Kuspuks and Parkys: Symbols of Alaskan Identity | INDIE ALASKA

Alaskans all have their own taste when it comes to fashion, but one style in particular has grown in popularity throughout the years.

Sheila Ezelle absolutely loves making custom kuspuks (Qaspeks) for the summer and parkys for the winter. Every parky that she makes she excitedly thinks to herself, “My – this is the best parky I have ever made!”

For the past 35 years she has owned her grandmother’s business “Laura Wright’s Alaskan Parkys;” which was originally founded in 1947. Throughout time, the popularity of this traditional Alaska Native, multi-use, casual outfit has increased and has become a symbol of Alaskan identity.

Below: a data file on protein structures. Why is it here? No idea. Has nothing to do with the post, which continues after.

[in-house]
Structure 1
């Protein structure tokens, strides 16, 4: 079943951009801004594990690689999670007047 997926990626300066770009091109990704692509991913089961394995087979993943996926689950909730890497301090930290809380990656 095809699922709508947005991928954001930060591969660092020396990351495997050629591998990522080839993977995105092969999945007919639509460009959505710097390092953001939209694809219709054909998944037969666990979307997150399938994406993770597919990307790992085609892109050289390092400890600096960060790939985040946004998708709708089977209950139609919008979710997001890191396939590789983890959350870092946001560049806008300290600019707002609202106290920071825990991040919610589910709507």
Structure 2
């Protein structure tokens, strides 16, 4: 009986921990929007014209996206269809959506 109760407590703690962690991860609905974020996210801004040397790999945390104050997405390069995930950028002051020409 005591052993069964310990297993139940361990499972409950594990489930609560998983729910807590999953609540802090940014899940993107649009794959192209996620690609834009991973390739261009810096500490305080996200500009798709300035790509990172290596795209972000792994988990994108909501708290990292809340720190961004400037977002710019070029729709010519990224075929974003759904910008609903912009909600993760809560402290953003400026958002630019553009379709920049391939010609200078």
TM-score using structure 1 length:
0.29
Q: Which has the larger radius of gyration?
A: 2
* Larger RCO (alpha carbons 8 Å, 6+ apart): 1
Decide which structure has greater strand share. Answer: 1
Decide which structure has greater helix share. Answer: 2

Video and Story: Shiri Segal

Music by Firstcom Music

Archival footage supplied by Internet Archive (at archive.org) in association with Prelinger Archives

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Shiri joined Alaska Public Media in January 2018.  Before joining AKPM, she worked as a News Production Assistant for Anchorage’s ABC/FOX/CW affiliate for six years.  Outside of work, she enjoys painting, metal clay jewelry, thrift shopping, hanging out with family/friends and traveling. Shiri is an avid traveler has been to a couple different places in Europe, Israel and Japan. She has also resided in a few of the aforementioned. She enjoys research on cultural topics and is learning several different languages including Japanese, Korean, Hebrew and, in addition, historical languages such as Medieval English and Latin.